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Monday, February 27, 2012

Willard Grant Conspiracy - Regard the End (USA 2003)

An Uncle Roddus Album Review.

Been listening to plenty of my Uncut CD compilations both at home and on the ipod at work and thought that I might check out some of the artists that The Uncut Magazine had introduced me to over the years. Many of these records haven't had much attention lately or in many instances, none at all. I went to the very earliest Uncut CD I have, "Sounds of the new West" from 1998 and looked at the list of artists included on this set and found I had recordings by 10 out of 20 of the artists included. This album is the first one I listened too.
I have been going back to this album frequently over the last few days and am finding it an addictive set of well crafted and recorded Americana. The ...Conspiracy were well liked by Uncut and well represented  on 13 of the compilations I have, and yet this is the first time I have really had a decent listen. I am very surprised that I didn't even have "Soft Hand" on my massive Uncut sampler, as it is a classic piece of  Alt-Pop. The album has an acoustic feel to it and Robert Fisher sings some great duets with some female singers, one being Kristin Hersh. The lyrics go to some darker places and the music has a melancholic feel in places, which appears to be standard for this type of music and not a bad thing. A consistent effort and stays interesting throughout. Thoroughly recommended for any Americana fan and gets a Roddus Rating of 4.5/5.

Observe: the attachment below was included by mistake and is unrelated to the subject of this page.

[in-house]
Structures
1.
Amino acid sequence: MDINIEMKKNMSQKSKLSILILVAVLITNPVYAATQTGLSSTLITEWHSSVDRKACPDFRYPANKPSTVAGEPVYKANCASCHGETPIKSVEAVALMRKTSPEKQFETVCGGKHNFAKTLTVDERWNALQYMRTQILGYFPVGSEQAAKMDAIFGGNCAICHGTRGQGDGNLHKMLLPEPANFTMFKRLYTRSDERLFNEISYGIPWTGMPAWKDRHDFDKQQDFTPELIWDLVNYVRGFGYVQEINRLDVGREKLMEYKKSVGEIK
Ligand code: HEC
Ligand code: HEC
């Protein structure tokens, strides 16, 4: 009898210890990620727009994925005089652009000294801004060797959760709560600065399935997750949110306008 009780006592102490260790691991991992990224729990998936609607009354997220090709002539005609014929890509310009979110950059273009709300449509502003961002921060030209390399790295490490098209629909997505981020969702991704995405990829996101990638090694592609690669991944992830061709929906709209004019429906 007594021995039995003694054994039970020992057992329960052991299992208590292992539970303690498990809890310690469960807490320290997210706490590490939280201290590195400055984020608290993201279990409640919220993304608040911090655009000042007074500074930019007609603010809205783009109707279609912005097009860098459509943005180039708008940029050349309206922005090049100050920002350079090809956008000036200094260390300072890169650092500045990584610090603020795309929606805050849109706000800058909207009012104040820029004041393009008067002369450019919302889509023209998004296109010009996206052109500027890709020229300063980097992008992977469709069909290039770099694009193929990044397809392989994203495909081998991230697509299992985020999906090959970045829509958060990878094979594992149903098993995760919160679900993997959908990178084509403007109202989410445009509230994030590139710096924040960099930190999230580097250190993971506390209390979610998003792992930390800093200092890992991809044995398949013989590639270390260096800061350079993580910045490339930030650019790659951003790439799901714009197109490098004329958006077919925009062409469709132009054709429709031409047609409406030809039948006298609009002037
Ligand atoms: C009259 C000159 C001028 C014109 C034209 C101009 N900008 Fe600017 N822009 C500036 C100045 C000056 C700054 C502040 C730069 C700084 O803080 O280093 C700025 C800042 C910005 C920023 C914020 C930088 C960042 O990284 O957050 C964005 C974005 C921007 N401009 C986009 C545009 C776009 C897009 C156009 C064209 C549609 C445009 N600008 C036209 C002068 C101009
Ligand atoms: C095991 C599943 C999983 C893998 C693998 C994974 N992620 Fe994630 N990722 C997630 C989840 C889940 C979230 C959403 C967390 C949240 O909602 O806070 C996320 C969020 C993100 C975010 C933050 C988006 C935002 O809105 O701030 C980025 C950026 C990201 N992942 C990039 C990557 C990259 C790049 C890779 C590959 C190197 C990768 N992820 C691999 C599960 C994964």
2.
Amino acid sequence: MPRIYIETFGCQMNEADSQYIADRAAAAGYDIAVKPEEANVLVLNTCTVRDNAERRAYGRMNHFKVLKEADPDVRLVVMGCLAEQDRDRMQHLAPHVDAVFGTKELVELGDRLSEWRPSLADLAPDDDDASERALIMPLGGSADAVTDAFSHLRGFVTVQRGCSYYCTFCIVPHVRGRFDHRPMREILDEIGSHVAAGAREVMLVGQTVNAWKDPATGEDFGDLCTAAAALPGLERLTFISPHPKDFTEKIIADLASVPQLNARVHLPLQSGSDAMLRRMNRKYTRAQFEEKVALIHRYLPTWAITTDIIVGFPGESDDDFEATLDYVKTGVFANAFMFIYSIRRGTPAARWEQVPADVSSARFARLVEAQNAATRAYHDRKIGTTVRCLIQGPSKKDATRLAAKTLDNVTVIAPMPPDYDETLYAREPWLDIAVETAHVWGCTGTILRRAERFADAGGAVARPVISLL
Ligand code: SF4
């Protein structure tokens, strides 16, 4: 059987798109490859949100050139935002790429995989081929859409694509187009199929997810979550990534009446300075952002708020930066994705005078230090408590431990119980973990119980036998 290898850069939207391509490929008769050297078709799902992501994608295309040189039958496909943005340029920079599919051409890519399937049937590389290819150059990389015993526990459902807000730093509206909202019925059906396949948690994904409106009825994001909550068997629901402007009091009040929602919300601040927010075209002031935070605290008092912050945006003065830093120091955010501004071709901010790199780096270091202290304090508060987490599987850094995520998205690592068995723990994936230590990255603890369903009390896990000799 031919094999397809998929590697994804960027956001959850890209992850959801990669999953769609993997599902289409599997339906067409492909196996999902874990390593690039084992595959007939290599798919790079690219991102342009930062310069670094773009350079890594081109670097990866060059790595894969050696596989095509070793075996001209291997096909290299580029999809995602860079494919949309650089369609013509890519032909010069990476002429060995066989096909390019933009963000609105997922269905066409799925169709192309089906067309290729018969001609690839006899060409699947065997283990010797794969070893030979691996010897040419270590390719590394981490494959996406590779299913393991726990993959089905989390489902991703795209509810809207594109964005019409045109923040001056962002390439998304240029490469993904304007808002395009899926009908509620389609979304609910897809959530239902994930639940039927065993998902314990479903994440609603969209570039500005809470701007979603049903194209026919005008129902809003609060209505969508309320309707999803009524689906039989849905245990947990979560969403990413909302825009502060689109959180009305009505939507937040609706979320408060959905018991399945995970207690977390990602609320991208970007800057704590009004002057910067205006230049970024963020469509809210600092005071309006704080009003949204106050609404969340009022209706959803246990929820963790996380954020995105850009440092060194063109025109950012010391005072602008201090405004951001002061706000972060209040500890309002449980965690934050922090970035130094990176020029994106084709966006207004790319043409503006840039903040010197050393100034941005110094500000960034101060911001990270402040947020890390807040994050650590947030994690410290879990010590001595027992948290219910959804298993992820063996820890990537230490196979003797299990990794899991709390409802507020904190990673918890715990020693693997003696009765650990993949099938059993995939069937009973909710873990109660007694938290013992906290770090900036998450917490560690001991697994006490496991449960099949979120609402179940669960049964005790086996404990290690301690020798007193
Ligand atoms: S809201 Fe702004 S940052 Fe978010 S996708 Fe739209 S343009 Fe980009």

Tuesday, February 21, 2012

Turtons Saddle - Comyns Hut - Clent Hills Saddle - Lake Heron - 18-19th February 2012

Uncle Roddus Tramping Diary:Tramp No.115
Turtons Saddle - Comyns Hut - Clent Hills Saddle - Lake Heron - 18-19th February 2012

I nearly didn't go on this trip as I had already been out the previous two weekends but when I realised that Comyns hut was profiled in Mark Pickering's "Huts: Untold Stories from Back Country New Zealand", a copy of which Mrs. Roddus gave me for Christmas, then I thought I should go.

First a little history. According to Mark Pickering's book, Alfred Comyns Jnr. arrived in New Zealand from Hertfordshire, on the Lancashire Witch, after a three month journey, during which he lost his younger brother and mother to scarlet fever, arriving in Lyttelton in October 1863. During the early 1880's Comyns was possibly the first European to travel over Mathias Pass. In 1897 Comyns apparently managed the impressive feat of herding 2000 sheep over Mathais Pass into the head of the Hokitika River only to have all die by freezing and starvation. The original hut that bears Comyns Name was constructed as a Musterers hut some time between 1895 and 1899, while Comyns was Manager of  Double Hill Station. The Hut is now situated on DOC Conservation Estate.